The House Education Finance Division considered a menu of special education funding proposals Tuesday.
One multi-prong approach, sponsored by Rep. Mary Murphy (DFL-Hermantown), HF194, as amended, would make several changes to special education funding, including increasing appropriations to school districts and simplifying the number of calculations for aid. The bill was held over for possible omnibus bill inclusion.
“HF194 is a possible solution, a solution to make things better for school budgets and addressing the problems that come with present laws on special education, and paying for special education,” Murphy said.
Casper Hill, a father of a special needs child who attends a charter school, expressed concern over the bill. He opposed a provision that would reduce how much charter schools can collect from a student’s resident school district for the cost they incur delivering special education services to that child. It would result in less funding and ultimately a reduction in the quality of special education services at charter schools, Hill said.
While the proposal does reduce charter schools “bill back” to public school districts from 90 percent of unreimbursed delivery costs to 50 percent, a provision would counter the lost revenue by increasing aid appropriated to the serving school to ensure it won’t experience a net loss. It would do this by adding operating referendum and local option revenue to the general education revenue that charters receive beginning in Fiscal Year 2021, according to nonpartisan House Research staff.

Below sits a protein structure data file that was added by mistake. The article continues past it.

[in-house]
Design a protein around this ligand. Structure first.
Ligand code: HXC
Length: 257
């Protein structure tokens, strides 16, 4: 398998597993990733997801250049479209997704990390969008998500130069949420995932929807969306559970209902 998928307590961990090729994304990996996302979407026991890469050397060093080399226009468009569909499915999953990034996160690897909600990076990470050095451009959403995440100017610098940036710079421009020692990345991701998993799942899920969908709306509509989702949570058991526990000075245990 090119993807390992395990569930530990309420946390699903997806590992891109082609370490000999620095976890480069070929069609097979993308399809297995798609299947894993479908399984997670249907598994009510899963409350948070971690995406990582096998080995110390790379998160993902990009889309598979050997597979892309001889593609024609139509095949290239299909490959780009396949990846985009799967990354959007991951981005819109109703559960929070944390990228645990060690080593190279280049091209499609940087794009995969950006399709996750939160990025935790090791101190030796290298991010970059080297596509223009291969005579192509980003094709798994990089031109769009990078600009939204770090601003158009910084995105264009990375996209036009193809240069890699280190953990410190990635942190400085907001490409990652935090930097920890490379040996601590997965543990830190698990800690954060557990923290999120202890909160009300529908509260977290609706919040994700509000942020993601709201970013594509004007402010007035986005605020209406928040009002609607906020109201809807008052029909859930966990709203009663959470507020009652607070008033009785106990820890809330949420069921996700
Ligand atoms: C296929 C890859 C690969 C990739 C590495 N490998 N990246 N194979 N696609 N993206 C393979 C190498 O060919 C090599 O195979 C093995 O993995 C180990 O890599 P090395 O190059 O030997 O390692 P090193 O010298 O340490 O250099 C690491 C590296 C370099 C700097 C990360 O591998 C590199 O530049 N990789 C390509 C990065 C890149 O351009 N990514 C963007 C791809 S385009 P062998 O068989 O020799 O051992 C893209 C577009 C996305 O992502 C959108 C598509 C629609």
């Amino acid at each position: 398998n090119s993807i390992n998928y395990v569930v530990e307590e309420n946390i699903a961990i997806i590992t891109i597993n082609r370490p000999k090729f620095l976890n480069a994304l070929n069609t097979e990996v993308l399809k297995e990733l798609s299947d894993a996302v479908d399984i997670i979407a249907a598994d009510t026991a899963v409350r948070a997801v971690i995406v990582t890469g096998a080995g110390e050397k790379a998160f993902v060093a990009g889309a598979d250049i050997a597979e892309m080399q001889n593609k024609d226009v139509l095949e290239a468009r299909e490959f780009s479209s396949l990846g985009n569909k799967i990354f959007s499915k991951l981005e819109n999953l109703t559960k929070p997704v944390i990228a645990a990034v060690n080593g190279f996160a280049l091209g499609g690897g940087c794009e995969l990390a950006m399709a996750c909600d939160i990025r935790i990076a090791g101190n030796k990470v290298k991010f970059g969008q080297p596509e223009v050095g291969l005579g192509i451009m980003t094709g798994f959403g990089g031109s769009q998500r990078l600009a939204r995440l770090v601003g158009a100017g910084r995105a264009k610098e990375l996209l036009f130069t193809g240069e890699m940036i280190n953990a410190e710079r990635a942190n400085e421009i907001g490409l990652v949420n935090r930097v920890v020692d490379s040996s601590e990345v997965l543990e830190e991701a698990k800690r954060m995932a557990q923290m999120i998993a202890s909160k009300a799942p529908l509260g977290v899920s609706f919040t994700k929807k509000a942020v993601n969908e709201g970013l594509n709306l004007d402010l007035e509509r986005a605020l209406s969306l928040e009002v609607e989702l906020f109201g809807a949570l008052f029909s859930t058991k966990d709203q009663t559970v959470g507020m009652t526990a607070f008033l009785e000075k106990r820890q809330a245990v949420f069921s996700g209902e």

Overall, the increase in special education funding would be $360 million annually, with an additional $120 million per year to assist charters. The fiscal note showed the direct impact to the state would be $481 million in Fiscal Year 2021, and approximately $1 billion in the 2022-23 biennium.